An American Story, Told at the Maltz Museum of Jewish Heritage By Patti London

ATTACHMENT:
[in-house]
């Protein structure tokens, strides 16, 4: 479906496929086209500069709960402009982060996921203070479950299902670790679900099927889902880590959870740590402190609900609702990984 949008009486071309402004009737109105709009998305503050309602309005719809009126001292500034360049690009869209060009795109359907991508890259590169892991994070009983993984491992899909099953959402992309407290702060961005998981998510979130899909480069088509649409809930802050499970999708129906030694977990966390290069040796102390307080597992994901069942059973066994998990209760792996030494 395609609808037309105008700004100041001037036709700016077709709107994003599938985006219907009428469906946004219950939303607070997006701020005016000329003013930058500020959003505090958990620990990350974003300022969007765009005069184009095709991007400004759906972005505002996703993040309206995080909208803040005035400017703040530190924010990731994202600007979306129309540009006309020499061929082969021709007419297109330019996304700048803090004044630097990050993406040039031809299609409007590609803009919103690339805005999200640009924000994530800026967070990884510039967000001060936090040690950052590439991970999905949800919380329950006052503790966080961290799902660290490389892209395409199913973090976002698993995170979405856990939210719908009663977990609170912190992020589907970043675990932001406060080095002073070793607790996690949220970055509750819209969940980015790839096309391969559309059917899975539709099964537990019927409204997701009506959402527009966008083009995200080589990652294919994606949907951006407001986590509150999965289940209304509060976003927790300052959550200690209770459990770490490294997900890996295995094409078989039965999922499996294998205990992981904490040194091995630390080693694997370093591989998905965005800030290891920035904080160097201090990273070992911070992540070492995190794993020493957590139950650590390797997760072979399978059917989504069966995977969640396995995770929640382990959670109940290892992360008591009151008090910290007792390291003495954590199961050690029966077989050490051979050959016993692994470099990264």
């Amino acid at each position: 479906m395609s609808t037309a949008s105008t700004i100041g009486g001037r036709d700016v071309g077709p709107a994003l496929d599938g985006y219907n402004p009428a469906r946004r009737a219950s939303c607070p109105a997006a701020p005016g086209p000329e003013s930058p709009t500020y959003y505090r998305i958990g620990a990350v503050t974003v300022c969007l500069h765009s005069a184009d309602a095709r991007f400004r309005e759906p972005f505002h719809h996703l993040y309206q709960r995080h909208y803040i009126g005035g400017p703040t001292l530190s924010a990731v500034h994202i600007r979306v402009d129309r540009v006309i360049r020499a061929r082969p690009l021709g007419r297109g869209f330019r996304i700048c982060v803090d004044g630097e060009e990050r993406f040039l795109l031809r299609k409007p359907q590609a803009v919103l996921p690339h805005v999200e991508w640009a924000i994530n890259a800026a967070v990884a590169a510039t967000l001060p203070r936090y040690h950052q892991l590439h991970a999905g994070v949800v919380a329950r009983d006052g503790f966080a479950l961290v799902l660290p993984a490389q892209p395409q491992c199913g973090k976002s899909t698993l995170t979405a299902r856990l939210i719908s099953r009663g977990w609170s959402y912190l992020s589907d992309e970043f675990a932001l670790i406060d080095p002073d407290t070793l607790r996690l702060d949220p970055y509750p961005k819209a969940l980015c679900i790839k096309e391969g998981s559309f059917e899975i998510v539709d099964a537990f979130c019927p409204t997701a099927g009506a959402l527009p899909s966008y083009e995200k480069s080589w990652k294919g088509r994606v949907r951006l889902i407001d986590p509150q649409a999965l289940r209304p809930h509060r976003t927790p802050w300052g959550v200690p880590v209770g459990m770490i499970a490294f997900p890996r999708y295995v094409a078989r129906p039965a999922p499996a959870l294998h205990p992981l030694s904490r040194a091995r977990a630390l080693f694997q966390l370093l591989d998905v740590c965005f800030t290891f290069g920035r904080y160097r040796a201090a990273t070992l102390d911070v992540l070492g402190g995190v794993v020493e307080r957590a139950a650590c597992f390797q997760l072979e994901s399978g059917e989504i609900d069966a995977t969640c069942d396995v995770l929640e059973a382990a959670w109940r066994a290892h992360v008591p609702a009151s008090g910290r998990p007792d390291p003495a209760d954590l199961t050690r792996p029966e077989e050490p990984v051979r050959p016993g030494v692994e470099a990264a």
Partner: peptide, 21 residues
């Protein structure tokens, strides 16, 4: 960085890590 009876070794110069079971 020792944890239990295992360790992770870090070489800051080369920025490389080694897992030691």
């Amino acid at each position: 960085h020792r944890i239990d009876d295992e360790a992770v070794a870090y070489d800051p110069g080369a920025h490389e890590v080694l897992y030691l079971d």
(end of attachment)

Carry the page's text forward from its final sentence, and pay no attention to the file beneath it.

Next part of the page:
If you grew up in Cleveland, a visit to the Maltz Museum of Jewish Heritage is certain to feel nostalgic. The core exhibits evoke a strong sense of time and place unique to Cleveland’s history. You’ll encounter personal stories of struggle, courage and creativity and not a few names and faces you’ll recognize, and maybe are even related to. Beyond reminding native Clevelanders of their rich history, the museum places us in the context of the American narrative. The Maltz Museum opened in 2005 with the mission “to build bridges of tolerance and understanding by sharing Jewish heritage through the lens of the American experience.” This heritage is shared through the museum’s principal state-of-the-art, interactive exhibits, oral histories, photographs, and artifacts. The special temporary exhibition gallery was recently featured on the award-winning news program “CBS Sunday Morning” when the Violins of Hope exhibit was on display. That remarkable exhibit will be traveling to Sarasota, Florida this February, in case you’re in the area. The current 4,000 square foot exhibit makes its home in the special gallery until May 14, 2017. More than 150 black-and-white images are featured in This Light of Ours: Activist Photographers of the Civil Rights Movement. The exhibition is generously sponsored by Cleveland Browns Foundation; Cleveland Foundation; Jack, Joseph, and Morton Mandel Humanities Center at Cuyahoga Community College; Cleveland State University; Milton and Tamar Maltz; PNC Bank; and The Treu-Mart Fund. This Light of Ours features works by nine activist photographers who documented the clash between institutionalized discrimination and determined resistance by activists and volunteers in the 1960s. “The power of these photographs that helped catapult long-existing inequities into the national consciousness is undeniable,” asserts Maltz Museum executive director Ellen Rudolph. “Pain, fear and hope—the emotions and momentum fueling the movement—are palpable in the images.” The Maltz Museum included related material about racial division today. “This exhibition is very timely,” says Museum co-founder Milton Maltz, noting its relevance to recent shootings, riots, vigils and protests in Baltimore, Charleston, Cleveland, Dallas and Milwaukee. “Ordinary people risked everything to fight for equality in the segregated South of the 1960s. The question this exhibition asks is, 50 years later, who will take up the challenge to right inequities that continue to spark anger across this country? How can we heal this open wound of racial division in America?” This Light of Ours includes content related to Northeast Ohio’s own turmoil and triumphs at this critical moment in American history. “Cleveland experienced the Hough uprising of 1966 and the long struggle to desegregate Cleveland's public schools,” notes the Museum’s education director, Jeffery Allen. “The region also witnessed the 1967 election of Carl Stokes as the first black mayor of a major American city and the groundbreaking role played by his brother, Louis, in the U.S. House of Representatives. Exhibition-related programming will be tied into community-wide commemorations of these milestones, examining their legacy in light of current events.” The Maltz Museum is proud to be a partner in those commemorations. For details, visit In addition to the special temporary exhibition and the core exhibits presenting inspiring stories of Jewish immigrants and contemporary heroes, the Museum includes The Temple-Tifereth Israel Gallery – a light-filled gallery containing an internationally-recognized collection of Judaica. Established in 1950 by Rabbi Abba Hillel Silver in honor of The Temple’s 100th anniversary, the collection includes ritual objects, sacred books and scrolls and fine art from all over the world. It is the fourth oldest museum of Judaica in the United States. Tours of the collection are weekly, each Thursday at 2pm. No reservations are necessary. The Museum shop should not be missed at the end of your visit. The store is a terrific resource for unique gifts all year, but especially for the holidays. This winter you’ll find beautifully crafted, artisan-made items like the Western Wall Dreidel from the Gary Rosenthal Collection. The store has an extensive selection of books, DVD’s, distinctive toys and an exceptional collection of jewelry and accessories. Members receive a 10% discount and there’s no Museum admission fee if you only have time to stop by for some quick shopping. Knowing that all proceeds go to support the Museum is yet another reason to shop here often. An article on the Maltz Museum of Jewish Heritage would not be complete without mentioning the essay contest which has elicited 20,000 submissions since its inception. For the past eight years, the Maltz Museum has sponsored the Stop the Hate® Youth Speak Out essay competition. Students compete for $100,000 in scholarships, awards and anti-bias grants. The contest this year encourages Northeast Ohio students to draw inspiration from Elie Wiesel’s human rights legacy: In 500 words or less, share an incident when you or someone you know was treated unfairly or you treated someone unfairly based on race, socioeconomic status, gender, religion, etc. Why was this judgment wrong? How did the experience affect you? What have you done and what will you do to help end intolerance and create a more inclusive community? “This competition reinforces the responsibility of the individual to effect positive change and celebrates young leaders who are ready to put their vision into action,” says education director Jeffery Allen. The Stop the Hate® Youth Speak Out contest is open to Northeast Ohio 6-12th graders. Entries are due Jan. 6, 2017, for grades 6-10 and Jan. 20, 2017, for grades 11-12. Twenty-five finalists will appear at the final judging and public awards ceremony on Tuesday, April 25, 2017, 6pm at The Milton and Tamar Maltz Performing Arts Center in University Circle, affording the public a chance to hear students from different corners of the region take a stand against the injustices they see around them. Teachers are invited to implement Stop the Hate® as a classroom project. For examples of winning essays, related Museum tours and complete rules, visit The Maltz Museum of Jewish Heritage celebrates culture and identity to encourage understanding and promote a greater appreciation of Jewish heritage and the diversity of the human experience. Through telling the American Story, the Maltz acts as a vehicle of connection, bridging cultural divides. Although visitors view history through a Jewish lens, the recognizable parallels to all of our immigrant stories is inevitable. This holiday season is a great time to visit the Museum, including the special exhibit, This Light of Ours, and attend thought-provoking programs with your family. Docent-led tours of This Light of Ours are available Tuesdays and Sundays at 2pm with regular Museum admission, $12 adults, $10 seniors (60+) and students, $5 youth (5-11) and free for Maltz Museum Members and children under 5. Museum hours are Tuesday – Sunday, 11am-5pm, Wednesday, 11am-9pm. The Museum is closed Mondays. For more information, visit and follow them on Twitter @maltzmuseum and @stopthehateUS. Maltz Museum of Jewish Heritage 2929 Richmond Road, Beachwood 216.593.0575